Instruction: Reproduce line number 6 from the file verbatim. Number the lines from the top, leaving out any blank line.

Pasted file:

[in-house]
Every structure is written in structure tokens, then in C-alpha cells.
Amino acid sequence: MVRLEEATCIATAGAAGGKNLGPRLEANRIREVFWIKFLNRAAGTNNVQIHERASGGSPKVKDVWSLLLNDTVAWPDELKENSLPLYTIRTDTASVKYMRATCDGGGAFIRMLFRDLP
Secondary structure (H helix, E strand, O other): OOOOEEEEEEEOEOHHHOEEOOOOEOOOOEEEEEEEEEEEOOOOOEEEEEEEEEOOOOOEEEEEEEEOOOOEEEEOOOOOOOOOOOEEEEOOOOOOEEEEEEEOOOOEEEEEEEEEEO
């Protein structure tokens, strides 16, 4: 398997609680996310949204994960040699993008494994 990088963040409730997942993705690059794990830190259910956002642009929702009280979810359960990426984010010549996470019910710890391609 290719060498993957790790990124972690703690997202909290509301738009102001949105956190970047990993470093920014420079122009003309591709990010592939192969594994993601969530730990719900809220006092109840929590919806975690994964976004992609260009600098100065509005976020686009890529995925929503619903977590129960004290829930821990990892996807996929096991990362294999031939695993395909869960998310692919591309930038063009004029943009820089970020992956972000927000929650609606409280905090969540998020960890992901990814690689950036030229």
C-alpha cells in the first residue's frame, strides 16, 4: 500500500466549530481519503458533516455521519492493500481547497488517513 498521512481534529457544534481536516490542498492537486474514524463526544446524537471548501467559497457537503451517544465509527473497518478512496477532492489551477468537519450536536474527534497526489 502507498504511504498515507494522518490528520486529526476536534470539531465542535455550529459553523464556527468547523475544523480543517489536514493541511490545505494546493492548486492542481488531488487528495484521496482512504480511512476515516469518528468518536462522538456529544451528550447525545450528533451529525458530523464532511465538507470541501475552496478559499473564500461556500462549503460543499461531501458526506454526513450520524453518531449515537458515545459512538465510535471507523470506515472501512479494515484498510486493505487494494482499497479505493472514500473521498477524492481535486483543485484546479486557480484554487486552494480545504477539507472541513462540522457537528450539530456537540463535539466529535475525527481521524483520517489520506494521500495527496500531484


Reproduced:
C-alpha cells in the first residue's frame, strides 16, 4: 500500500466549530481519503458533516455521519492493500481547497488517513 498521512481534529457544534481536516490542498492537486474514524463526544446524537471548501467559497457537503451517544465509527473497518478512496477532492489551477468537519450536536474527534497526489 502507498504511504498515507494522518490528520486529526476536534470539531465542535455550529459553523464556527468547523475544523480543517489536514493541511490545505494546493492548486492542481488531488487528495484521496482512504480511512476515516469518528468518536462522538456529544451528550447525545450528533451529525458530523464532511465538507470541501475552496478559499473564500461556500462549503460543499461531501458526506454526513450520524453518531449515537458515545459512538465510535471507523470506515472501512479494515484498510486493505487494494482499497479505493472514500473521498477524492481535486483543485484546479486557480484554487486552494480545504477539507472541513462540522457537528450539530456537540463535539466529535475525527481521524483520517489520506494521500495527496500531484